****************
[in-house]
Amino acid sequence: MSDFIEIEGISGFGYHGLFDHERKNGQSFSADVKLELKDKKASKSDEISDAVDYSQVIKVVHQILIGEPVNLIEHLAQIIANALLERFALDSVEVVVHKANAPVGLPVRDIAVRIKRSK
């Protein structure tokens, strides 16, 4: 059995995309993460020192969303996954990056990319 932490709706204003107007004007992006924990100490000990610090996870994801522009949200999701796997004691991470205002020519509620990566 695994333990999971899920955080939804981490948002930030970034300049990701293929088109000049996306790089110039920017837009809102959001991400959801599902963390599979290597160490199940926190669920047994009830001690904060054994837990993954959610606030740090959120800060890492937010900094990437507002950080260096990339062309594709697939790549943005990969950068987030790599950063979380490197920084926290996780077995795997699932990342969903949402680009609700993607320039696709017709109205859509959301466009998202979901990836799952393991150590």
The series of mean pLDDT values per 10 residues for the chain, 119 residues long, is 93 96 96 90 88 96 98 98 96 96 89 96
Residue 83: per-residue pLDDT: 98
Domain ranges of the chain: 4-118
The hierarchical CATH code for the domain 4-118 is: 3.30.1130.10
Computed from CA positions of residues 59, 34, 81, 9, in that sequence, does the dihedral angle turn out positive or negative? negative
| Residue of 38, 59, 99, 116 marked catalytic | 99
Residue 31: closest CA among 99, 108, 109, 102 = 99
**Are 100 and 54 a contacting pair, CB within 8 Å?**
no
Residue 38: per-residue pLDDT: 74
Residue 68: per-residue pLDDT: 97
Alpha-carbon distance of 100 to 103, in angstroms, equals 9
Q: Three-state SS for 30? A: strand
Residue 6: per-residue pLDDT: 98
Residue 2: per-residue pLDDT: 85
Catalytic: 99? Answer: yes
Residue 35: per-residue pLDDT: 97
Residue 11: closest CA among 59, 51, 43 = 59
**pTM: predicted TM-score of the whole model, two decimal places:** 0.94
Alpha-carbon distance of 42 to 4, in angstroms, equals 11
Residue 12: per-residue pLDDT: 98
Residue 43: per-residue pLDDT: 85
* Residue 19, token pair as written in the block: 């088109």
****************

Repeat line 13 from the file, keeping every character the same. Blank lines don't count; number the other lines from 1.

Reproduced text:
Residue 38: per-residue pLDDT: 74